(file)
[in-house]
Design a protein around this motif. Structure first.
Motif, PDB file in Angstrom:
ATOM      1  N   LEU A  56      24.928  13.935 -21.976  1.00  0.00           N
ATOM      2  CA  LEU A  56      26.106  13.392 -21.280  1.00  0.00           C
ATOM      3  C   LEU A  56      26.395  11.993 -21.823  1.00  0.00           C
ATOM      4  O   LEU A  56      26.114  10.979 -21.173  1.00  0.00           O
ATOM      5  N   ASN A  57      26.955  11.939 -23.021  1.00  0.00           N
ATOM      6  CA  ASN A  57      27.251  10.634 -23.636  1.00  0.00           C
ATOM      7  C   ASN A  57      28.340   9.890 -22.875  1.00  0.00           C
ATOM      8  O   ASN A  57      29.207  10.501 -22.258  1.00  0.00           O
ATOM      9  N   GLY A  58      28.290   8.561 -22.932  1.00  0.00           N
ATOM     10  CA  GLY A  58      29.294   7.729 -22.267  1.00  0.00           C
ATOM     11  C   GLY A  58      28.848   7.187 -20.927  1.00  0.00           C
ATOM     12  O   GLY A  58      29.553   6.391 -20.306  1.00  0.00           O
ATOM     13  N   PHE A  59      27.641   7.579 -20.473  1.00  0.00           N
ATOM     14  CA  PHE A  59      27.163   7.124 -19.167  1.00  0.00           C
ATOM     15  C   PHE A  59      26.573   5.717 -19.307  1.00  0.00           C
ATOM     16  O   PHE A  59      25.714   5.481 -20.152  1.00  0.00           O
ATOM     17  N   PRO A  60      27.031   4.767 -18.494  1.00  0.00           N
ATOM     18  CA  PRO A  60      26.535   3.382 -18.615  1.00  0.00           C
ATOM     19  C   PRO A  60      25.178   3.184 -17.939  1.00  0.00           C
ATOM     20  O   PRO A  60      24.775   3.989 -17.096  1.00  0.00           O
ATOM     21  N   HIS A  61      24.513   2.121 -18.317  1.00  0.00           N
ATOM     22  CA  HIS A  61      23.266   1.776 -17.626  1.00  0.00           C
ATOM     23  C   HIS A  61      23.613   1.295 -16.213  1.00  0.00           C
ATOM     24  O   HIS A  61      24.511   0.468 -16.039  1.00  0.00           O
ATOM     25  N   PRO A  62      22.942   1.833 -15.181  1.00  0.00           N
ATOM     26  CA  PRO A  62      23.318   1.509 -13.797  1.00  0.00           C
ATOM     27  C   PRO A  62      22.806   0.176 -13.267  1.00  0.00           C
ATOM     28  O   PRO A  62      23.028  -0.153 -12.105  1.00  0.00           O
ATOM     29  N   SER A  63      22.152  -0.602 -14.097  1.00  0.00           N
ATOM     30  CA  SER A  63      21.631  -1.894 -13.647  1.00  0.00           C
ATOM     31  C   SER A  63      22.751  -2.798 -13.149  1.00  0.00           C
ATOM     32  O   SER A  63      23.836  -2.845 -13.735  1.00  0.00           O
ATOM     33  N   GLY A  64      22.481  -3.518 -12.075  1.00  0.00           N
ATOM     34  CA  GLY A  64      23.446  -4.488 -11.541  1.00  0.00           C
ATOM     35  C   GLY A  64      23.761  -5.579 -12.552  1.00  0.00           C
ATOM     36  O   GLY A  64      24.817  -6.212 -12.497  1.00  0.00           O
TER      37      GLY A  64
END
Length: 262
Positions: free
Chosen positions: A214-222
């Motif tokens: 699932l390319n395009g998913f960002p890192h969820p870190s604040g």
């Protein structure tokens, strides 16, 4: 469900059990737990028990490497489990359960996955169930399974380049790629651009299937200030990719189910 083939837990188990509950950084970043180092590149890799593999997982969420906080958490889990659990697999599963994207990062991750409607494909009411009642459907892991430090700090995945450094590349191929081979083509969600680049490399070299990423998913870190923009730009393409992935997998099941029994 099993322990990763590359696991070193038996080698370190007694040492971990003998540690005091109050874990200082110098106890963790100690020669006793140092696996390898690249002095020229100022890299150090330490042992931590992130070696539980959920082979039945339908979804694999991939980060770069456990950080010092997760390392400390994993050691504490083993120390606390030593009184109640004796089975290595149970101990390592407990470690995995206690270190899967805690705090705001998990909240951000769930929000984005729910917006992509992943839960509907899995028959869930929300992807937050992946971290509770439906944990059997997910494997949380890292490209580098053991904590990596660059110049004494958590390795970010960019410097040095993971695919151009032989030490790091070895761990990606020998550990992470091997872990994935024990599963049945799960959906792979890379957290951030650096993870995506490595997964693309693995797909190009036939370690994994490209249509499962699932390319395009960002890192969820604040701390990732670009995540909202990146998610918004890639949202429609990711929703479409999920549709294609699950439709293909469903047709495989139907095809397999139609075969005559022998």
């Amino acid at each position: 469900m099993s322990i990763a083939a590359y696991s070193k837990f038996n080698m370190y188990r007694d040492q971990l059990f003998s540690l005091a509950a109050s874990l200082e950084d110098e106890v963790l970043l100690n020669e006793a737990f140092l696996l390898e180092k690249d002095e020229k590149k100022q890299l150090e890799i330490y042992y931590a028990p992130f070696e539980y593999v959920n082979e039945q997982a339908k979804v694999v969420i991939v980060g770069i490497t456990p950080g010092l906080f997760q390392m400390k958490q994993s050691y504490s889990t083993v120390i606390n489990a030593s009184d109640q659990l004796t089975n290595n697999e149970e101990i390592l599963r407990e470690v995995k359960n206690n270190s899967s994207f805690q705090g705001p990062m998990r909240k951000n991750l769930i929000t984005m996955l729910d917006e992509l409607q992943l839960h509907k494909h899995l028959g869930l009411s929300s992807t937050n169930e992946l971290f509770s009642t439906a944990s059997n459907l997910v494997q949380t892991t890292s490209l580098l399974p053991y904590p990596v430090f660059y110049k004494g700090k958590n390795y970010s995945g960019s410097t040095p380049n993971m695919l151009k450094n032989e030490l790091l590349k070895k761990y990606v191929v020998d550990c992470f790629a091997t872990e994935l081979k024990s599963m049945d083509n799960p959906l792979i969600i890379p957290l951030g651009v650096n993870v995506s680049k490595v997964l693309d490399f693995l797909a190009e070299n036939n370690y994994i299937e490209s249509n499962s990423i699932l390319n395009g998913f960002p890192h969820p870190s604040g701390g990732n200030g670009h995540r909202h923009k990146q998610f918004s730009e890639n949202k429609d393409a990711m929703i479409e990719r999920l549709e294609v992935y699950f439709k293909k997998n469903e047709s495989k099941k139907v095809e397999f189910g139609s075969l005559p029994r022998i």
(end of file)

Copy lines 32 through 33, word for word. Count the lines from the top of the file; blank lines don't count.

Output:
ATOM     29  N   SER A  63      22.152  -0.602 -14.097  1.00  0.00           N
ATOM     30  CA  SER A  63      21.631  -1.894 -13.647  1.00  0.00           C